Saint Petersburg is Russias second-largest city after Moscow, with five million inhabitants in 2012, and an important Russian port on the Baltic Sea. It is politically incorporated as a federal subject, situated on the Neva River, at the head of the Gulf of Finland on the Baltic Sea, it was founded by Tsar Peter the Great on May 271703. In 1914, the name was changed from Saint Petersburg to Petrograd, in 1924 to Leningrad, between 1713 and 1728 and 1732–1918, Saint Petersburg was the capital of imperial Russia. In 1918, the government bodies moved to Moscow. Saint Petersburg is one of the cities of Russia, as well as its cultural capital. The Historic Centre of Saint Petersburg and Related Groups of Monuments constitute a UNESCO World Heritage Site, Saint Petersburg is home to The Hermitage, one of the largest art museums in the world. A large number of consulates, international corporations, banks. Swedish colonists built Nyenskans, a fortress, at the mouth of the Neva River in 1611, in a called Ingermanland.
A small town called Nyen grew up around it, Peter the Great was interested in seafaring and maritime affairs, and he intended to have Russia gain a seaport in order to be able to trade with other maritime nations. He needed a better seaport than Arkhangelsk, which was on the White Sea to the north, on May 1703121703, during the Great Northern War, Peter the Great captured Nyenskans, and soon replaced the fortress. On May 271703, closer to the estuary 5 km inland from the gulf), on Zayachy Island, he laid down the Peter and Paul Fortress, which became the first brick and stone building of the new city. The city was built by conscripted peasants from all over Russia, tens of thousands of serfs died building the city. Later, the city became the centre of the Saint Petersburg Governorate, Peter moved the capital from Moscow to Saint Petersburg in 1712,9 years before the Treaty of Nystad of 1721 ended the war, he referred to Saint Petersburg as the capital as early as 1704. During its first few years, the city developed around Trinity Square on the bank of the Neva, near the Peter.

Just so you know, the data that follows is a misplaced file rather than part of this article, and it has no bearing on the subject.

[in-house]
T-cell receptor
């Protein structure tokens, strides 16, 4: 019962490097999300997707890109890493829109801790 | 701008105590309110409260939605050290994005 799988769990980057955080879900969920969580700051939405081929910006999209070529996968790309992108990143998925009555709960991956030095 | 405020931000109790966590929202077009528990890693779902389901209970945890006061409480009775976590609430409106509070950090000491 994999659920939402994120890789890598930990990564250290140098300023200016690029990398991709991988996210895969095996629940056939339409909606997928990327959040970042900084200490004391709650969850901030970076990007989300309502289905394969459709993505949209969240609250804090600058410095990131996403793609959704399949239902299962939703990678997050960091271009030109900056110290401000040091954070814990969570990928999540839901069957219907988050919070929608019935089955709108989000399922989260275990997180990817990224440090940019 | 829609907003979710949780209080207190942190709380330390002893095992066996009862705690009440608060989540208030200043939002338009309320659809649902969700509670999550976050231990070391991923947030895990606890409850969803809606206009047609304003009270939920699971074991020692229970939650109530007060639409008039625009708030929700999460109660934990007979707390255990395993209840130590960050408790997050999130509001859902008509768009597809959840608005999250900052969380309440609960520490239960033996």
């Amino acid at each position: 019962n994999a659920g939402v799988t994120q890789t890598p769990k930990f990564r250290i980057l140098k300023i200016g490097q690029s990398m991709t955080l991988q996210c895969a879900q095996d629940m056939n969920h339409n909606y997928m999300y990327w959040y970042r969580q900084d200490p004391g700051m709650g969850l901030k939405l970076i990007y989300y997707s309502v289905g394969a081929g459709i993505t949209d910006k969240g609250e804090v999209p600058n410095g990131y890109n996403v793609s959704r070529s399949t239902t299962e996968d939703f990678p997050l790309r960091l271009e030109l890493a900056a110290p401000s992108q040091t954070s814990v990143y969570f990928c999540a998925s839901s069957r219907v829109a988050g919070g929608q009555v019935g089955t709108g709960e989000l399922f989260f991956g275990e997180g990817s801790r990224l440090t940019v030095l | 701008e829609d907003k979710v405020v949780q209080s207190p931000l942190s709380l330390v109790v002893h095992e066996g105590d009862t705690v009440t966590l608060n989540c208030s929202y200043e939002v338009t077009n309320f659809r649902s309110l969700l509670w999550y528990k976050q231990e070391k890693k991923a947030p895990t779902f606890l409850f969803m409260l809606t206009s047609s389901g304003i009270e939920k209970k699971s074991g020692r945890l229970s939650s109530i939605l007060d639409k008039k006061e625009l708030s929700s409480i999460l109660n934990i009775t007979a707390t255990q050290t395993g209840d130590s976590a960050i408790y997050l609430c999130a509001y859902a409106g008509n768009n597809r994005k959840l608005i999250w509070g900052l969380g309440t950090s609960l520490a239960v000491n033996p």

However, Saint Petersburg soon started to be built out according to a plan, by 1716 the Swiss Italian Domenico Trezzini had elaborated a project whereby the city centre would be located on Vasilyevsky Island and shaped by a rectangular grid of canals. The project was not completed, but is evident in the layout of the streets, in 1716, Peter the Great appointed French Jean-Baptiste Alexandre Le Blond as the chief architect of Saint Petersburg. In 1724 the Academy of Sciences and Academic Gymnasium were established in Saint Petersburg by Peter the Great, in 1725, Peter died at the age of fifty-two. His endeavours to modernize Russia had met opposition from the Russian nobility—resulting in several attempts on his life